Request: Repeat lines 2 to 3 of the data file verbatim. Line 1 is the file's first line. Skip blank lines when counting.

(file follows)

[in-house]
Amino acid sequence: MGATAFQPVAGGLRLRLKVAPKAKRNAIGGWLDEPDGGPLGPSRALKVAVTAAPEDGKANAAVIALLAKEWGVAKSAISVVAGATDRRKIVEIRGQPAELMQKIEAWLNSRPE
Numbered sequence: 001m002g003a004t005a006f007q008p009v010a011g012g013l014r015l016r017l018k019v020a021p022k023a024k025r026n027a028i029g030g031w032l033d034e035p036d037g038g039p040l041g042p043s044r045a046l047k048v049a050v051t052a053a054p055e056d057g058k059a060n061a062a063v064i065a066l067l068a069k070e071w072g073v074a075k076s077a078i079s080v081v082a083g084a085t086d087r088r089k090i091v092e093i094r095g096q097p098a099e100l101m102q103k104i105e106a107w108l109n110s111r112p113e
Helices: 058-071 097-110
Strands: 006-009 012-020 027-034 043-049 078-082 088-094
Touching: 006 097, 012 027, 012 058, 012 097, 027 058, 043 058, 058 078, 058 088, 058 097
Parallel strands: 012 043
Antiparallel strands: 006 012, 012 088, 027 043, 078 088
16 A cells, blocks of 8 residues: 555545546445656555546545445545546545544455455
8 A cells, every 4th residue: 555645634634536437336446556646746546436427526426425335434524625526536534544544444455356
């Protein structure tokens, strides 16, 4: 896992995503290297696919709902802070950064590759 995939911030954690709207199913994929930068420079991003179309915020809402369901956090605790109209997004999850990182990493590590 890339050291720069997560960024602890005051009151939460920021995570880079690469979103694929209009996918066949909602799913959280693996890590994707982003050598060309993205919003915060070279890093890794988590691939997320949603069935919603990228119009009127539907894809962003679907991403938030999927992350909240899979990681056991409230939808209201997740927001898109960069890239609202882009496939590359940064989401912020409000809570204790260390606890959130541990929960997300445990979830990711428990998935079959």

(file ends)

Amino acid sequence: MGATAFQPVAGGLRLRLKVAPKAKRNAIGGWLDEPDGGPLGPSRALKVAVTAAPEDGKANAAVIALLAKEWGVAKSAISVVAGATDRRKIVEIRGQPAELMQKIEAWLNSRPE
Numbered sequence: 001m002g003a004t005a006f007q008p009v010a011g012g013l014r015l016r017l018k019v020a021p022k023a024k025r026n027a028i029g030g031w032l033d034e035p036d037g038g039p040l041g042p043s044r045a046l047k048v049a050v051t052a053a054p055e056d057g058k059a060n061a062a063v064i065a066l067l068a069k070e071w072g073v074a075k076s077a078i079s080v081v082a083g084a085t086d087r088r089k090i091v092e093i094r095g096q097p098a099e100l101m102q103k104i105e106a107w108l109n110s111r112p113e